Moreover, it has meant much to the world at large. It is the foundation of all the finest patriotism. Civilization is based on the attachment of the peasant to the soil. An Englishman's love of England is, first of all, his love for that little bit of England in which he was born. Lecky, Macaulay, and all the great historians insist that the most heroic and chivalrous virtues have been displayed by men who were moved, not primarily by their devotion to an empire, but by their passionate fondness for a certain city or town. Men died for Athens rather than for Greece; for Florence rather than for Italy. All these men found their treasure in their own fields.

But the man who travels widely in search of his pearls also represents a type. If the first man represents a divine content, this man represents an equally divine discontent. He is the father of all adventurers, all discoverers, all inventors, all explorers. Take Livingstone, for example. It is just as well that most men are content to settle down to the task that lies nearest to them, working out their modest destinies without bothering their heads about the distant and the unexplored. But it is also well that each age contains a few adventurous spirits who feel themselves taunted and challenged and dared by the great unknown. They are restless and ill at ease as long as there is a sea uncharted, a mountain unclimbed, a desert uncrossed or a forest untracked. It is the most sublime form that curiosity ever assumes.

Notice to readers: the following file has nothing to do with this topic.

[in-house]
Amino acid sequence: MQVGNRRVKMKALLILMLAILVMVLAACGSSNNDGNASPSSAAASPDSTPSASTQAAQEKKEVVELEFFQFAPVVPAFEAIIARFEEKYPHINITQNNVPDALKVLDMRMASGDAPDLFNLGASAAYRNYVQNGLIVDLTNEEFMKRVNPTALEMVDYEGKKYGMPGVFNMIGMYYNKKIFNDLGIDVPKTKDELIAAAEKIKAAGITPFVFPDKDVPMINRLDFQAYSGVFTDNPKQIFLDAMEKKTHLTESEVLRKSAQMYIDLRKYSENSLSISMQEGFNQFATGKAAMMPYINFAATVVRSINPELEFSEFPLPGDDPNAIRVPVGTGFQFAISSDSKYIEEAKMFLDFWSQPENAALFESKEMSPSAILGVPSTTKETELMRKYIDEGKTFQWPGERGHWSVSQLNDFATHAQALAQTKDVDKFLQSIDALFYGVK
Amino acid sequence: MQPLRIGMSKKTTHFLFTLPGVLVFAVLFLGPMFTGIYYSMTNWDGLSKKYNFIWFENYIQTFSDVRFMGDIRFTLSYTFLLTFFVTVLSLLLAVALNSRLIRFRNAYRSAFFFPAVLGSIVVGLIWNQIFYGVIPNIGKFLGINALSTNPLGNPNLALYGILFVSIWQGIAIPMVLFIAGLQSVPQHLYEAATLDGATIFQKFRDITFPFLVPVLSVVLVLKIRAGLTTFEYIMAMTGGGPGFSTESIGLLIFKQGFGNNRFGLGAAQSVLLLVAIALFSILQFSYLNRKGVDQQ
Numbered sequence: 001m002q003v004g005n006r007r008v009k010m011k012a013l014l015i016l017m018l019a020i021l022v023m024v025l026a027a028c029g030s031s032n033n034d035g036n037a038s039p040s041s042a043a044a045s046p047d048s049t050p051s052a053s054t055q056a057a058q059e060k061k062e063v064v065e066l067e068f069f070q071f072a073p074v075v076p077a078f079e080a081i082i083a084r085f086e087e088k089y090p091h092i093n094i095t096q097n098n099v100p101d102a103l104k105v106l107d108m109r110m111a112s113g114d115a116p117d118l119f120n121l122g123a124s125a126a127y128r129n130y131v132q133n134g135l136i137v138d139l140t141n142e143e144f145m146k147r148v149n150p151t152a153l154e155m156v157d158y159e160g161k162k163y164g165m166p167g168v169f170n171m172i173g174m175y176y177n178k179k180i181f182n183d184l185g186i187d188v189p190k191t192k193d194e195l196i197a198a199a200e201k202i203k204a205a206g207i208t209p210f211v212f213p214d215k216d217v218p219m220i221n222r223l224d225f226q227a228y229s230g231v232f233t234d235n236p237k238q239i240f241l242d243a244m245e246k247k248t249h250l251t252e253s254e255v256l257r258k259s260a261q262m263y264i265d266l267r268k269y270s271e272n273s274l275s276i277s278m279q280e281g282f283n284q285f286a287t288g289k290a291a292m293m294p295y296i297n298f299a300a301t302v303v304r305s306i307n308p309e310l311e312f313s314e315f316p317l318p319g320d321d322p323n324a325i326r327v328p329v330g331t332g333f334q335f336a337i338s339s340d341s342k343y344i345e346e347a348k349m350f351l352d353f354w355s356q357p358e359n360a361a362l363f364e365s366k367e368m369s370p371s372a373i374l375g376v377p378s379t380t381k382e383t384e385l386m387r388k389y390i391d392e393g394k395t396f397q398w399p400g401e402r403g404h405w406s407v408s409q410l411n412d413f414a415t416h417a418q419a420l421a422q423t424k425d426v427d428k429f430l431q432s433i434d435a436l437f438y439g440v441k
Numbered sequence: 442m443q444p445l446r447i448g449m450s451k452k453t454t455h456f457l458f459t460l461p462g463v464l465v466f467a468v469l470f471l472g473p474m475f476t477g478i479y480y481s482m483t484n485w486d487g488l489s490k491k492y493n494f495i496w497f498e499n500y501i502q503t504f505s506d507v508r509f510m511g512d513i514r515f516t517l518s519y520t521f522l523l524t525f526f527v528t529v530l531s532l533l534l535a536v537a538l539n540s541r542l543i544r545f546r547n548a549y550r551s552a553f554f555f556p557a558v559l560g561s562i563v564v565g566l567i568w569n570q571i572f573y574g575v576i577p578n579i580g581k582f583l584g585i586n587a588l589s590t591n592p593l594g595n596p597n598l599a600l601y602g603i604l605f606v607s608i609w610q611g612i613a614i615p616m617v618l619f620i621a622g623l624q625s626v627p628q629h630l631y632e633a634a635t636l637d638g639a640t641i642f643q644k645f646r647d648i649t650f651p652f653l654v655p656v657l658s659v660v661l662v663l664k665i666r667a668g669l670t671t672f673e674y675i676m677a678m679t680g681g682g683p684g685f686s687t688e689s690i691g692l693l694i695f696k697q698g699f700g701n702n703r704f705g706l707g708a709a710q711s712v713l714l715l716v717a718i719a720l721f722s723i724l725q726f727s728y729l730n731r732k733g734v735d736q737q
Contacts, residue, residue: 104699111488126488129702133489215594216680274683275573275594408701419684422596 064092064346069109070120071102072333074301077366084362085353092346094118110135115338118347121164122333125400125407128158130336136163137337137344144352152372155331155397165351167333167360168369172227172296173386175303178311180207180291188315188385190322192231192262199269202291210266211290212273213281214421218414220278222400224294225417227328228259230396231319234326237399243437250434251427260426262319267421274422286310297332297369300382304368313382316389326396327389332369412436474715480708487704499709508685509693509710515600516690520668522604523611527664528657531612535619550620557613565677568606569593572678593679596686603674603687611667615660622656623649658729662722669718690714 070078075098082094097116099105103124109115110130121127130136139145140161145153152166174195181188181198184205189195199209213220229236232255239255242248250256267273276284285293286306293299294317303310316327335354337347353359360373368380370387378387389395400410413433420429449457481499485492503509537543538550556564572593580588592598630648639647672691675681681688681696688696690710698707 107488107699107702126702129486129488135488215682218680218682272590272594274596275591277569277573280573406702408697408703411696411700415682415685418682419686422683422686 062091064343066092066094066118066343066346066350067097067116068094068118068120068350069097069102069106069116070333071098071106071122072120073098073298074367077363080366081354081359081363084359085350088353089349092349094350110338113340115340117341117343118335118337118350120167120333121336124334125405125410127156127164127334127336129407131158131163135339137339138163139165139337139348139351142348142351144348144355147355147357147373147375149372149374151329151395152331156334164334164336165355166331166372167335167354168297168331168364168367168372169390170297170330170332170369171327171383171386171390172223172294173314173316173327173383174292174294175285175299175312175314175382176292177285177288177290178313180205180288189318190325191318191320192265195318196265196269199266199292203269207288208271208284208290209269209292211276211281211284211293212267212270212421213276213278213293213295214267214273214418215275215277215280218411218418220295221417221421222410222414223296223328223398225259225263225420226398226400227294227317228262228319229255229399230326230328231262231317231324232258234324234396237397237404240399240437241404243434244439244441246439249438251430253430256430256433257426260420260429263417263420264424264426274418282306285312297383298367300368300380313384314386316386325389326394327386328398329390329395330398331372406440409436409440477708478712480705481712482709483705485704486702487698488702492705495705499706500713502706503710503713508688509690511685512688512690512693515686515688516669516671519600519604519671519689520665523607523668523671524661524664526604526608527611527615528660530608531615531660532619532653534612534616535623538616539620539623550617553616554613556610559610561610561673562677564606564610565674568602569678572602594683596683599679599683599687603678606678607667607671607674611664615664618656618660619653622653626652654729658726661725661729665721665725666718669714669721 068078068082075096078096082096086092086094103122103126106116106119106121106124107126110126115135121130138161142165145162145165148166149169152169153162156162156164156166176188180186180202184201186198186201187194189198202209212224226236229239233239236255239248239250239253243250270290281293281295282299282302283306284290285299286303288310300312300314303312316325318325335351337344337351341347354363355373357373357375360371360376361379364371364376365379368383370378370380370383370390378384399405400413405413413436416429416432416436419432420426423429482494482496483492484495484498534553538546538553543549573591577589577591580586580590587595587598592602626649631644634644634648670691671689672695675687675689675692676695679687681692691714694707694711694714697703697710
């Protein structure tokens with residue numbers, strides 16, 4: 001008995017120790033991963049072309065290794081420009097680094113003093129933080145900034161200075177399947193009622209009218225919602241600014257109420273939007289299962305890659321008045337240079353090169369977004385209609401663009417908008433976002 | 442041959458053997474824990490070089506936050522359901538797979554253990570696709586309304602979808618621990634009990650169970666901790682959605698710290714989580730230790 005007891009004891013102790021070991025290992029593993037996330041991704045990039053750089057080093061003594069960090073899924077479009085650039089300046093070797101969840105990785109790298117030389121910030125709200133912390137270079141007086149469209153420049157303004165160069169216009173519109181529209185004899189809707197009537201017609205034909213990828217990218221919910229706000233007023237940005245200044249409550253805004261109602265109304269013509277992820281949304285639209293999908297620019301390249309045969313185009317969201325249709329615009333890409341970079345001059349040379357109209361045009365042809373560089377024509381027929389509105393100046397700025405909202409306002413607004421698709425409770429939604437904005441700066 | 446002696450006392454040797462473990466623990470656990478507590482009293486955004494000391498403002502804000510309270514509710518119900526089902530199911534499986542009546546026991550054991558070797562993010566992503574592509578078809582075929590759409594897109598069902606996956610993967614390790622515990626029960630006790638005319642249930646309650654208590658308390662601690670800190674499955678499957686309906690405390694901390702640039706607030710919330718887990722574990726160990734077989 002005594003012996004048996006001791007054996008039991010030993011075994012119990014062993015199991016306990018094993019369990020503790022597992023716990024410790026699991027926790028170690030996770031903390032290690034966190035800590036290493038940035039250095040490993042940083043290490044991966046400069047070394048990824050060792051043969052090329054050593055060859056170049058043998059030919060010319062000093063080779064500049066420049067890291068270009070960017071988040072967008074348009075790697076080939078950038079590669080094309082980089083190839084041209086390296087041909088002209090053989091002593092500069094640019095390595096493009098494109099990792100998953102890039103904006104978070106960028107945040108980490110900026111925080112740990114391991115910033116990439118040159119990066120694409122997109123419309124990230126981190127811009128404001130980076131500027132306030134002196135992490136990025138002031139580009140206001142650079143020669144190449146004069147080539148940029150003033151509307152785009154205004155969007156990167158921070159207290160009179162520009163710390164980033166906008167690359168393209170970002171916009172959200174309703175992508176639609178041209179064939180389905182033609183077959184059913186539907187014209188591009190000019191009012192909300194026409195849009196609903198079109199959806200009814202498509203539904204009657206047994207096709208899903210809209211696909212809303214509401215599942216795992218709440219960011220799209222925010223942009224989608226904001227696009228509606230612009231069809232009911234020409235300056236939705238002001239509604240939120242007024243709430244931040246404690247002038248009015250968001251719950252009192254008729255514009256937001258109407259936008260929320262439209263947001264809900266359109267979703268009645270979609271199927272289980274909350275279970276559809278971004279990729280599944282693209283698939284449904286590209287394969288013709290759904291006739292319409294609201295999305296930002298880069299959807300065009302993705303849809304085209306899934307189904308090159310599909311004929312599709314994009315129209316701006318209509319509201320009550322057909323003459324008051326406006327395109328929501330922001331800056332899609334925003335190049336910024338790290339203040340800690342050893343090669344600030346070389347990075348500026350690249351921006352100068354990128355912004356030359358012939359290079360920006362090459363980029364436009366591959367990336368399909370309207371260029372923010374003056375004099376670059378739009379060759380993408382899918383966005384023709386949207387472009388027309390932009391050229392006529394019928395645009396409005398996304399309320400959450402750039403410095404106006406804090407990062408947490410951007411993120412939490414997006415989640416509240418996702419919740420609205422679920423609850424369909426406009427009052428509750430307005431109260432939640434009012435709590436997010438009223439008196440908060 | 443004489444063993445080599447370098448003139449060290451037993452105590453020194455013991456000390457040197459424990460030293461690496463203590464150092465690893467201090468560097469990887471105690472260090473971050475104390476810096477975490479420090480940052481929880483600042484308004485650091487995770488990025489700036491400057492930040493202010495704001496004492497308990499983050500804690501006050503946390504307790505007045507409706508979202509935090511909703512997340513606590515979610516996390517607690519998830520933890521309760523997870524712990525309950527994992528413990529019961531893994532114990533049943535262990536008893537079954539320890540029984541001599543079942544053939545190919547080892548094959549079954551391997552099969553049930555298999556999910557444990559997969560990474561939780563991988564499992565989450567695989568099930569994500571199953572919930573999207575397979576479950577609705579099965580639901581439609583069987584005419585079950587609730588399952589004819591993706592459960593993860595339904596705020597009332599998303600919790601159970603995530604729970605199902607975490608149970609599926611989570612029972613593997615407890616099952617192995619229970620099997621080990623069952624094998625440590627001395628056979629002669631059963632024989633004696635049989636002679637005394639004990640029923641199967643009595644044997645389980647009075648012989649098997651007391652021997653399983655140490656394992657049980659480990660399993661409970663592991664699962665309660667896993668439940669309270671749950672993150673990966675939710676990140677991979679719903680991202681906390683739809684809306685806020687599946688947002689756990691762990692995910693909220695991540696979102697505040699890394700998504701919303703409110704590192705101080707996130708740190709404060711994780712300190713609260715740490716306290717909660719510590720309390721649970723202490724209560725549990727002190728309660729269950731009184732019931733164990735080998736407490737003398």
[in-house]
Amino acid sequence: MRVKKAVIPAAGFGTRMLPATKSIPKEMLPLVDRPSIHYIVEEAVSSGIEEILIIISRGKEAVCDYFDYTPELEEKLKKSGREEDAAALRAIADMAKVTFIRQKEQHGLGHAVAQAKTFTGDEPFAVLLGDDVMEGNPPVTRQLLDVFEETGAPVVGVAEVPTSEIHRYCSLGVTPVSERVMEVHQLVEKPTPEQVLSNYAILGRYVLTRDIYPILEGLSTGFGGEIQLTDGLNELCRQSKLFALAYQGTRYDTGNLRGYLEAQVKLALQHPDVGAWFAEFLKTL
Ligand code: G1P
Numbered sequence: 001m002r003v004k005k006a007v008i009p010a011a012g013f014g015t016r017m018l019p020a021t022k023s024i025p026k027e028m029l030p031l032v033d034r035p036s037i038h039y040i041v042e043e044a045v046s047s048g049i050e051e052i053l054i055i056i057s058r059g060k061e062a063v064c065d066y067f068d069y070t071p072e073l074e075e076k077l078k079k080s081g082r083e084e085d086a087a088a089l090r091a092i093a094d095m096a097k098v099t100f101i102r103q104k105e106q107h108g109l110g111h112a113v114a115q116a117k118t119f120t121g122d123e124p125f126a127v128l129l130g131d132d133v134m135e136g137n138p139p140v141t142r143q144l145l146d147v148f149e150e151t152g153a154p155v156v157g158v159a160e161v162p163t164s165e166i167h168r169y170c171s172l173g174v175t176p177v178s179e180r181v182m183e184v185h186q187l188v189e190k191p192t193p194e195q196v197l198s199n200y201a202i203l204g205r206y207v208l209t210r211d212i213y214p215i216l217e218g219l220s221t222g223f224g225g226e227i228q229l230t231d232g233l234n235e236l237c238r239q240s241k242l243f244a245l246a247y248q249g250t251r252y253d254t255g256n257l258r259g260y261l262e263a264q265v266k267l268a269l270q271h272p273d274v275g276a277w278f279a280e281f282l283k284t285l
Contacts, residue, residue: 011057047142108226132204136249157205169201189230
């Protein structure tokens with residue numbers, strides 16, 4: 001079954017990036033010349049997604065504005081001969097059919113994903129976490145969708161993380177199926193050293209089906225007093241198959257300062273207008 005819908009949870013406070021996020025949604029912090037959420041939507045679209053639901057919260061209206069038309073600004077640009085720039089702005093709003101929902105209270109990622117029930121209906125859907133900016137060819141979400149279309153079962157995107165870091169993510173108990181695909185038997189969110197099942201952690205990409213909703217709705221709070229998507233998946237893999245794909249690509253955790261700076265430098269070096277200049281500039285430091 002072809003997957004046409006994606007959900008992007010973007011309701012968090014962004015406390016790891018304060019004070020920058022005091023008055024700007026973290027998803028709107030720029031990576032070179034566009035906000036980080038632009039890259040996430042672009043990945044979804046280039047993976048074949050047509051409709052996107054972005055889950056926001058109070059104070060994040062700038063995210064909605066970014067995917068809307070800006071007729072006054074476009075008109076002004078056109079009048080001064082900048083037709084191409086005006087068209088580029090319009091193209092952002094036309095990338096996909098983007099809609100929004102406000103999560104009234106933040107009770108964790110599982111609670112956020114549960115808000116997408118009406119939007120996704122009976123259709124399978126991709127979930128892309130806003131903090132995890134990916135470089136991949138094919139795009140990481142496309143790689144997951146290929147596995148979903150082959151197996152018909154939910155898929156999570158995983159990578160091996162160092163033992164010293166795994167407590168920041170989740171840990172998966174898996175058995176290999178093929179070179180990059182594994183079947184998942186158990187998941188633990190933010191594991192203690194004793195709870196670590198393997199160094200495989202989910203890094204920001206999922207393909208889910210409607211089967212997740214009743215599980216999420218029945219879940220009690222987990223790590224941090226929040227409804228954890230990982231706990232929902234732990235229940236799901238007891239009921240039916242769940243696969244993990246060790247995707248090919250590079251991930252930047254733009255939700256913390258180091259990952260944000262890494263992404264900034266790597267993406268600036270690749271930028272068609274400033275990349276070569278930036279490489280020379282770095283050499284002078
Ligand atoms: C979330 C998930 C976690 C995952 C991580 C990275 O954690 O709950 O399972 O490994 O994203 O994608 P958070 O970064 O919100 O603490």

From the moment of his landing on African soil, Livingstone was haunted, night and day, by visions and voices that came to him from out of the undiscovered. He tried hard, and he tried repeatedly, to settle down to the life of an ordinary mission station. But it was impossible. The lure of the wilds fascinated him. He built three houses and left each of them as soon as it was built. The stories that the natives told of vast inland seas and of wild, tumultuous waters tantalized him beyond endurance. The instincts of the hydrographer tingled within him. He saw the three great rivers—the Nile, the Congo, and the Zambesi—emptying themselves into three separate oceans; and he convinced himself that the man who could solve the riddle of their sources would open up a new continent to the commerce and civilization of mankind. Like the merchant-man who sought the goodly pearls, he therefore became a nomad, a wanderer, a gipsy. The world has been wonderfully enriched by the lives of men who, like the man who found his treasure in his own field, have made the most of what they already have; but it also owes an incalculable debt to the men who, turning their backs on all that has been acquired, set out in search of fresh realms to conquer.


These two men represent two types of spiritual experience. The man who found his treasure in the field represents the people who enter the Kingdom of God without seeking it: the man who found the pearl of great price represents the people who enter the Kingdom as a result of a long and patient and tireless quest. The man who turned up the gold with his ploughshare had never once thought of treasure; the man who wandered about the world in search of pearls had thought of nothing else.